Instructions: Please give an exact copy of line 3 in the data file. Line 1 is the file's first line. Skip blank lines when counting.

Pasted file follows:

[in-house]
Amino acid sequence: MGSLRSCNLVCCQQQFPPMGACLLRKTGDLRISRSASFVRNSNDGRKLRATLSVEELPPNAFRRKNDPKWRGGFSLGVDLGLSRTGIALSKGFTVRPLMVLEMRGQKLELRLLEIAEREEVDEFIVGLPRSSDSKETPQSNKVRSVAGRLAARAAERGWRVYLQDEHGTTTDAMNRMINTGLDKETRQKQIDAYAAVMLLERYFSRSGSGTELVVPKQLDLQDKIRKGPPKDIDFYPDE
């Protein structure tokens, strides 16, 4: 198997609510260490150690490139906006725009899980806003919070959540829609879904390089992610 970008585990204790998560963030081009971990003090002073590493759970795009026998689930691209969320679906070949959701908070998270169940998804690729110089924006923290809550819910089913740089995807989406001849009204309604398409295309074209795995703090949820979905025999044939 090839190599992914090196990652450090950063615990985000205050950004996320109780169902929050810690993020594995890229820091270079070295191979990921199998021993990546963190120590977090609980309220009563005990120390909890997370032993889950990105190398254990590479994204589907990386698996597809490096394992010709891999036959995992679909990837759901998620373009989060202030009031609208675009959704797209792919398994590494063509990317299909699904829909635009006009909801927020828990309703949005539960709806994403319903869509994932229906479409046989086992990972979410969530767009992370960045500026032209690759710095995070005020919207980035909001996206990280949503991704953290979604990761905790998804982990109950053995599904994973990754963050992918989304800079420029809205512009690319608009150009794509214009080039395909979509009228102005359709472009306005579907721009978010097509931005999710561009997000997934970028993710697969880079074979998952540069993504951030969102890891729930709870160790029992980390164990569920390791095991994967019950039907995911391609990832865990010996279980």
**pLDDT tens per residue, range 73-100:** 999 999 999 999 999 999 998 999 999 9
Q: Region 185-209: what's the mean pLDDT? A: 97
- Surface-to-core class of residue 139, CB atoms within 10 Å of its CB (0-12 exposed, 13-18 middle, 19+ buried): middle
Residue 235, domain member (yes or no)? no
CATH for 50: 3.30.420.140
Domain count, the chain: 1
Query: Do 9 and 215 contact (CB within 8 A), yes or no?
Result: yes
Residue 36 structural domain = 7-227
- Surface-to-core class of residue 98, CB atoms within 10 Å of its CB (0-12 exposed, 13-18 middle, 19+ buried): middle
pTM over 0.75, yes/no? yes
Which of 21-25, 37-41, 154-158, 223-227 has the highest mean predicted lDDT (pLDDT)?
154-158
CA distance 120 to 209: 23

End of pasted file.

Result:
């Protein structure tokens, strides 16, 4: 198997609510260490150690490139906006725009899980806003919070959540829609879904390089992610 970008585990204790998560963030081009971990003090002073590493759970795009026998689930691209969320679906070949959701908070998270169940998804690729110089924006923290809550819910089913740089995807989406001849009204309604398409295309074209795995703090949820979905025999044939 090839190599992914090196990652450090950063615990985000205050950004996320109780169902929050810690993020594995890229820091270079070295191979990921199998021993990546963190120590977090609980309220009563005990120390909890997370032993889950990105190398254990590479994204589907990386698996597809490096394992010709891999036959995992679909990837759901998620373009989060202030009031609208675009959704797209792919398994590494063509990317299909699904829909635009006009909801927020828990309703949005539960709806994403319903869509994932229906479409046989086992990972979410969530767009992370960045500026032209690759710095995070005020919207980035909001996206990280949503991704953290979604990761905790998804982990109950053995599904994973990754963050992918989304800079420029809205512009690319608009150009794509214009080039395909979509009228102005359709472009306005579907721009978010097509931005999710561009997000997934970028993710697969880079074979998952540069993504951030969102890891729930709870160790029992980390164990569920390791095991994967019950039907995911391609990832865990010996279980």